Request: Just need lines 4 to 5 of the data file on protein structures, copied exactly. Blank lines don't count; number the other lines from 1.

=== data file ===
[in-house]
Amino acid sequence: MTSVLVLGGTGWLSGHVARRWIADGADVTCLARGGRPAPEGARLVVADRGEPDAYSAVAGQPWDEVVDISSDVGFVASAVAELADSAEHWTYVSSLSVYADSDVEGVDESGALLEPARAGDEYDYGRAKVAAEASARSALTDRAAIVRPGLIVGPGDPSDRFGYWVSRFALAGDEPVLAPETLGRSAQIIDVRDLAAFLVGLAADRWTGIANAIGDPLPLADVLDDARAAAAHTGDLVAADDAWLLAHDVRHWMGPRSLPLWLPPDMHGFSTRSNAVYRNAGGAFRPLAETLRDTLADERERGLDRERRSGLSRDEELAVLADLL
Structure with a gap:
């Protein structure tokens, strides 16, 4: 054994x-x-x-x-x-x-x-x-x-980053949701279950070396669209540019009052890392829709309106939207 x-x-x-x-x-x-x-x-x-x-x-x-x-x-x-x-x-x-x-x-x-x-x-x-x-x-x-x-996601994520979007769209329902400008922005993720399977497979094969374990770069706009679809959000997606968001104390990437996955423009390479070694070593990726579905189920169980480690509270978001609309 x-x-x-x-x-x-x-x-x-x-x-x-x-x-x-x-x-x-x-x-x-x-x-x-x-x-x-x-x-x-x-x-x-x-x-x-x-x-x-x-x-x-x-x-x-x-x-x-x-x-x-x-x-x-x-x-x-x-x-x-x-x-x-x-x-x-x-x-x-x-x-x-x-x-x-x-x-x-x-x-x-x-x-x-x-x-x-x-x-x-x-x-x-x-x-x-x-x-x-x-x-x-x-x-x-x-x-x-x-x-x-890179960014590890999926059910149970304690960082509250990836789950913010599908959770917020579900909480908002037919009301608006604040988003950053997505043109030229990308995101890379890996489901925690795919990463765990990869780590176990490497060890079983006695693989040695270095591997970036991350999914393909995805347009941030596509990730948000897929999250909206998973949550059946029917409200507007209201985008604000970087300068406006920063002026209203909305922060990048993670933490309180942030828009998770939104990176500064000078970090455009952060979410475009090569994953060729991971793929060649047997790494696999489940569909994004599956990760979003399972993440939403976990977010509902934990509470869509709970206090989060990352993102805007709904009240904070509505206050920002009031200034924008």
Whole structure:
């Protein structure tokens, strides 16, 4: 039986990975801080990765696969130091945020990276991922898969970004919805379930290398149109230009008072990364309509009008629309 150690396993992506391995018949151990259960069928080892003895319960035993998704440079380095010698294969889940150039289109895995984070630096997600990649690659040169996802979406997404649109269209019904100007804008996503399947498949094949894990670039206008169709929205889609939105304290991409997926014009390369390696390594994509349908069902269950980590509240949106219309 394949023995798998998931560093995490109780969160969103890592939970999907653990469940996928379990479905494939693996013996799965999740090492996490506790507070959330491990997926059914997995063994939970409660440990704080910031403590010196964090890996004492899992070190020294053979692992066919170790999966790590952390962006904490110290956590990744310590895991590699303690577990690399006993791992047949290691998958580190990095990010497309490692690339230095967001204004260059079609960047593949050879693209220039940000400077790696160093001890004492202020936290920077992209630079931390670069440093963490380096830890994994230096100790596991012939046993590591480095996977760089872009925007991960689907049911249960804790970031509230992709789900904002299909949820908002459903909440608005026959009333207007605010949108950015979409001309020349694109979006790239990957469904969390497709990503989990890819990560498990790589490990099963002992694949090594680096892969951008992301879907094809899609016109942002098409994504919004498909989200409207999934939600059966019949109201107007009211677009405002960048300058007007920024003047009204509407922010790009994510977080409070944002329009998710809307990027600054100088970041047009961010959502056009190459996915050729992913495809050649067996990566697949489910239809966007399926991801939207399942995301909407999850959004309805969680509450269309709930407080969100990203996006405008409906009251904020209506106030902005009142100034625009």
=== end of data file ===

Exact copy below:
């Protein structure tokens, strides 16, 4: 054994x-x-x-x-x-x-x-x-x-980053949701279950070396669209540019009052890392829709309106939207 x-x-x-x-x-x-x-x-x-x-x-x-x-x-x-x-x-x-x-x-x-x-x-x-x-x-x-x-996601994520979007769209329902400008922005993720399977497979094969374990770069706009679809959000997606968001104390990437996955423009390479070694070593990726579905189920169980480690509270978001609309 x-x-x-x-x-x-x-x-x-x-x-x-x-x-x-x-x-x-x-x-x-x-x-x-x-x-x-x-x-x-x-x-x-x-x-x-x-x-x-x-x-x-x-x-x-x-x-x-x-x-x-x-x-x-x-x-x-x-x-x-x-x-x-x-x-x-x-x-x-x-x-x-x-x-x-x-x-x-x-x-x-x-x-x-x-x-x-x-x-x-x-x-x-x-x-x-x-x-x-x-x-x-x-x-x-x-x-x-x-x-x-890179960014590890999926059910149970304690960082509250990836789950913010599908959770917020579900909480908002037919009301608006604040988003950053997505043109030229990308995101890379890996489901925690795919990463765990990869780590176990490497060890079983006695693989040695270095591997970036991350999914393909995805347009941030596509990730948000897929999250909206998973949550059946029917409200507007209201985008604000970087300068406006920063002026209203909305922060990048993670933490309180942030828009998770939104990176500064000078970090455009952060979410475009090569994953060729991971793929060649047997790494696999489940569909994004599956990760979003399972993440939403976990977010509902934990509470869509709970206090989060990352993102805007709904009240904070509505206050920002009031200034924008």
Whole structure: